User currently offlinewannabe From United States of America, joined Jun 1999, 677 posts, RR: 3
Reply 20, posted (3 years 1 week 2 days 4 hours ago) and read 5591 times:

Quoting DashTrash (Reply 3):
appears they lost the left engine and went below Vmc. Not stalled, but too slow to maintain directional control with a failed engine.

Was there any validation to this comment. It seems to me that the left engine is still turning as the plane starts the spiral. It could be turning slower...cannot tell if both props appear to be spinning at the same rate, but other than the comment made, I don't see any indication that the engine has failed. Is there something in the comments (which I cannot understand) which validate this comment?


User currently offlinekhpn From United States of America, joined Sep 2010, 158 posts, RR: 0
Reply 21, posted (3 years 1 week 2 days 4 hours ago) and read 5573 times:

Quoting wannabe (Reply 20):
It seems to me that the left engine is still turning as the plane starts the spiral. It could be turning slower...cannot tell if both props appear to be spinning at the same rate

I can't say for certain which engine was lost..
However, even when prop driven engines do fail, the propeller often will continue to spin due to the air still flowing over the blades.


User currently offlinercair1 From United States of America, joined Oct 2009, 1351 posts, RR: 52
Reply 22, posted (3 years 1 week 2 days 4 hours ago) and read 5479 times:
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Quoting airnorth (Reply 15):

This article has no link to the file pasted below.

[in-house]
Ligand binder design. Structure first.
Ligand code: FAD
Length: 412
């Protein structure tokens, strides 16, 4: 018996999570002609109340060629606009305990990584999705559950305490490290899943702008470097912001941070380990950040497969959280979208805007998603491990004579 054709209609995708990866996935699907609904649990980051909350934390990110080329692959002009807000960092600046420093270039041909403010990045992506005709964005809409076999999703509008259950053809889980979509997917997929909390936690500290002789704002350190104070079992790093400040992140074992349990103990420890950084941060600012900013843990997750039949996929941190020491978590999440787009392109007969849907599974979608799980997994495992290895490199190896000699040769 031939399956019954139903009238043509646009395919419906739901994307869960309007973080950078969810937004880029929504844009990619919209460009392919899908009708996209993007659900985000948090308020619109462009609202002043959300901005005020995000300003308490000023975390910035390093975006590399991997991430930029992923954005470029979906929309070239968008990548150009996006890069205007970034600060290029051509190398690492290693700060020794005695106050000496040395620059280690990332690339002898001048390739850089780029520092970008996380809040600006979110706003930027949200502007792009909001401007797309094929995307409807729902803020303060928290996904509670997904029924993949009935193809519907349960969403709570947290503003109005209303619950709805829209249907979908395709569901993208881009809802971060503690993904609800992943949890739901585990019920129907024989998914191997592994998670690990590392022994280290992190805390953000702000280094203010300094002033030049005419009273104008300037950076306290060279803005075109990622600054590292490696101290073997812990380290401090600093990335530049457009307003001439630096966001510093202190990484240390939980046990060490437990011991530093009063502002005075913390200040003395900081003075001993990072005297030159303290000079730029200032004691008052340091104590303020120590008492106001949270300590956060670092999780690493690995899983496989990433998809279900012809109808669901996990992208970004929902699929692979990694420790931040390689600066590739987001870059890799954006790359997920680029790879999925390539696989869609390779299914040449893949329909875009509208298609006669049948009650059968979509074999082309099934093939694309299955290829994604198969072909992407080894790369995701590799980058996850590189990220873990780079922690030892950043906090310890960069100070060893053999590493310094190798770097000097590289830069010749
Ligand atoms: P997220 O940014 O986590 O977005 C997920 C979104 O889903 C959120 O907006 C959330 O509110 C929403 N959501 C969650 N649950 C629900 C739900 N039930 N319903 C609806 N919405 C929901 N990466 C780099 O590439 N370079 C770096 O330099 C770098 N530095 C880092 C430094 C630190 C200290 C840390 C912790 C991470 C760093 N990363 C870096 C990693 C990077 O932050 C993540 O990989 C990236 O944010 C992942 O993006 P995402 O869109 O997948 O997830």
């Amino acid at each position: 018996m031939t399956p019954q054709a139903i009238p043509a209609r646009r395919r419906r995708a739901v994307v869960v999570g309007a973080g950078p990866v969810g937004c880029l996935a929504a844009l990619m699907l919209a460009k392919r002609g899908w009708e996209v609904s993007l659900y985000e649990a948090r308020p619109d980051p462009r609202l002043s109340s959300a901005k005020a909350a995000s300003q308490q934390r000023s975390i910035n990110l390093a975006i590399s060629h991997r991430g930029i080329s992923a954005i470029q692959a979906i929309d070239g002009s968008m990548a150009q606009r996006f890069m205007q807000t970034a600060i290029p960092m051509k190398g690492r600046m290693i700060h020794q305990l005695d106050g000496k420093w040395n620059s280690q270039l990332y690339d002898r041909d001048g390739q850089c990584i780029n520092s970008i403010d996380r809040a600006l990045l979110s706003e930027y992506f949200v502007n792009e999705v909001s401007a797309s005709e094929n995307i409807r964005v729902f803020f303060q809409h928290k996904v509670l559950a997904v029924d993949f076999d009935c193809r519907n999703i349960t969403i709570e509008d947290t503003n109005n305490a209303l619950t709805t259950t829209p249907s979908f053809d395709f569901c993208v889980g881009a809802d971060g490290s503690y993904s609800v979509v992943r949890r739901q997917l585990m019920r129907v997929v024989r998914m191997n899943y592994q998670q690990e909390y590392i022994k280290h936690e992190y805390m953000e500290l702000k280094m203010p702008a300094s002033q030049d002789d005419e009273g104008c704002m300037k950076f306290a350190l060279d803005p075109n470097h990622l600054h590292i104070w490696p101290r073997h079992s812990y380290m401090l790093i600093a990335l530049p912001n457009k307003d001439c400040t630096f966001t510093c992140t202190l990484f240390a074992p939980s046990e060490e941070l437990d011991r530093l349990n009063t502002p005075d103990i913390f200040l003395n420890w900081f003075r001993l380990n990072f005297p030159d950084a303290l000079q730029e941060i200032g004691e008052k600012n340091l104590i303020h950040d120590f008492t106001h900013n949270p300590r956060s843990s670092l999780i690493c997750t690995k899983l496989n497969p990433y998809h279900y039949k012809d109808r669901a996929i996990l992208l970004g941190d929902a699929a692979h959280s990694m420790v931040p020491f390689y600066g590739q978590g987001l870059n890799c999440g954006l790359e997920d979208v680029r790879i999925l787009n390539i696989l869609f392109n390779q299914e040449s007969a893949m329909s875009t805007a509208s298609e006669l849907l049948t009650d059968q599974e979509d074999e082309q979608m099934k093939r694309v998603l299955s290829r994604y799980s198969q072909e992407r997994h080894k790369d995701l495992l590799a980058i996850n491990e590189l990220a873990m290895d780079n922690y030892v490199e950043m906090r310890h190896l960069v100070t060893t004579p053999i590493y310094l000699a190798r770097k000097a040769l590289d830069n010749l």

Since I am a non-pilot, just an enthusiast, would it be possible to explain the acronyms VMC, and VYSE?

Vmc = Velocity Minimum Controllable.
In simple terms - This is the speed where the differential thrust between the failed and operating side engines will overwhelm the control surfaces ability to maintain control of the aircraft. In other words - the engine that is running is 'pulling' hard on one side of the aircraft - which causes the aircraft to yaw into the dead engine. You counter that with rudder input. But, if you are too slow, your rudder does not have enough authority to counter the force, and the aircraft becomes uncontrollable. I think there may be some twins where you run out of aileron first, (the operating side is creating more lift due to prop wash over the wing) but I don't really know. What a particular twin will do under Vmse depends on a lot of things, attitude, altitude, etc, but it simply stated, you cannot control the aircraft. A few years ago a twin out of Fort Collins Loveland airport suffered a failure like this and went into a flat spin. It was IFR and witnesses described the sound of an aircraft engine "warbeling". What they were hearing was the change of sound of the operating engine as the aircraft rotated about its vertical axis while falling. It came out of the clouds in a flat spin - impacted relatively flat, but spinning around.
BTW - an inline trust twin, like a Cessna Skymaster, does not have a Vmc, only a Vyse or Vxse. That is because the thrust is in line with the drag of the aircraft. (I wonder, does a Skymaster have a different Vyse or Vxse for front verses rear engine?) This is why a multi-engine certification that was earned in a centerline thrust twin will have a "Centerline Thrust Only" limitation.

Vyse: The speed that provides the maximum vertical rate of gn a light twin when one engine has failed.